El Niño is finally making an appearance in Northern California this week. A series of storms lined up over the Pacific Ocean is expected to bring several inches of rain and two feet of snow to the northern part of the state over the next two weeks.
Doctor Kelly Redmond is deputy director of the Western Regional Climate Center in Reno, Nevada. He says the storms that hit Northern California in December were probably not caused by El Niño because they were cool and came from the north.
"And El Niño tends to bring storms that come out of either the west or southwest," he says. "And we haven't had a lot of that. But it does look like the pattern is changing this week."
Redmond says these storms will likely be warmer and bring more rain than previous storms this winter. He says this year's El Niño appears particularly strong but it does not look like a drought-buster.
The first wave of the series of storms is bringing heavy showers in Northern California Tuesday morning. As of 8:24 a.m., 1.10 inches of rain have fallen in downtown Sacramento.
"It's fairly significant [rain]," Jason Klapp, with the National Weather Service in Sacramento, "Earlier in December, some of the storms, each day was a quarter inch, third of an inch, so they weren't spectacular in the Valley. In the month of January, the last few of them have been very dry, we've had more [rain] just today than we've had over the last couple Januaries together."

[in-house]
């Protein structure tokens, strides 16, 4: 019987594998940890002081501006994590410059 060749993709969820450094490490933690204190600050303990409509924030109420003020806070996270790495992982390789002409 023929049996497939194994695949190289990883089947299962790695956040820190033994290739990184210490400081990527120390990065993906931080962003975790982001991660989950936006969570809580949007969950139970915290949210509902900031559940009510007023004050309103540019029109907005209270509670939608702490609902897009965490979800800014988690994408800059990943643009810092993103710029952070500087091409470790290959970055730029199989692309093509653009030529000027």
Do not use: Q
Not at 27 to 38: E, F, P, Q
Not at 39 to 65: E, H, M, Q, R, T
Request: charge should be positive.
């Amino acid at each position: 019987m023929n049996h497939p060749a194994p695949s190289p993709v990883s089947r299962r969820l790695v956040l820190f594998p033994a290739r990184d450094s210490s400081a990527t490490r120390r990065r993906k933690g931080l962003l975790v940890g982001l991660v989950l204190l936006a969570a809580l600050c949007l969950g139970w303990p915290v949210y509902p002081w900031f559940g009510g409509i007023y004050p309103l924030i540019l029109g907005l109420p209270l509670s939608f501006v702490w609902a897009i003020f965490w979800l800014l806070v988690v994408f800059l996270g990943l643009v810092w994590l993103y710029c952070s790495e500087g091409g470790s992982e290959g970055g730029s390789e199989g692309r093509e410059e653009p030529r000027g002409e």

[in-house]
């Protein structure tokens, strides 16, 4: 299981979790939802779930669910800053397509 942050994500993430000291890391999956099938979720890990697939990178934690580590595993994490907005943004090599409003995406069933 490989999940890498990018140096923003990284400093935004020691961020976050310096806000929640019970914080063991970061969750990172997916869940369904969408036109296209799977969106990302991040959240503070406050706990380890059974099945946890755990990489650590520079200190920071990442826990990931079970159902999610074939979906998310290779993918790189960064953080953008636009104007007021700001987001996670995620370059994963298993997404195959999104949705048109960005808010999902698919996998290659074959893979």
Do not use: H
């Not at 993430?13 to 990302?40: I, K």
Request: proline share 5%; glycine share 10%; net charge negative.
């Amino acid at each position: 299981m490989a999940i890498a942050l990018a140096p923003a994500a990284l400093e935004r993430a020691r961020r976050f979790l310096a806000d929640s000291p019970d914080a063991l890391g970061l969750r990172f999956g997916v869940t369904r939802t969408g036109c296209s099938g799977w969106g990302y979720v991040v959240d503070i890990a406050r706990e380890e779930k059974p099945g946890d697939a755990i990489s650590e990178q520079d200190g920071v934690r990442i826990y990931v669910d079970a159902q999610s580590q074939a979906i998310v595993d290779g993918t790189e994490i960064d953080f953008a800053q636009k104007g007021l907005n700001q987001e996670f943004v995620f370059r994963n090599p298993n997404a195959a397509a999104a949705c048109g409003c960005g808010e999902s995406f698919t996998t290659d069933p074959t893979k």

A flood advisory has been issued until noon for Southwestern Placer, Solano, San Joaquin, Sacramento, Southeastern Yolo and Stanislaus counties. A winter storm watch for the mountains will be in effect until 4 p.m.
A stronger system will move in Tuesday night and is expected to bring more moderate rain to the Valley. There's a brief break Wednesday morning and colder weather will move in Wednesday night into Thursday.
Friday will be the driest day of the week. Another storm is expected to arrive early next week.
"They don't look like huge systems, but enough to keep it wet," says Klapp. "But this is good, slow and steady wins the race, just keep the rain coming."
-Capital Public Radio Staff, The Associated Press Contributed To This Report
*The original version of this story used figures from an Associated Press article. We've since learned that those figures may be incorrect. This articles has been corrected to reflect a more accurate statement. We regret the error.
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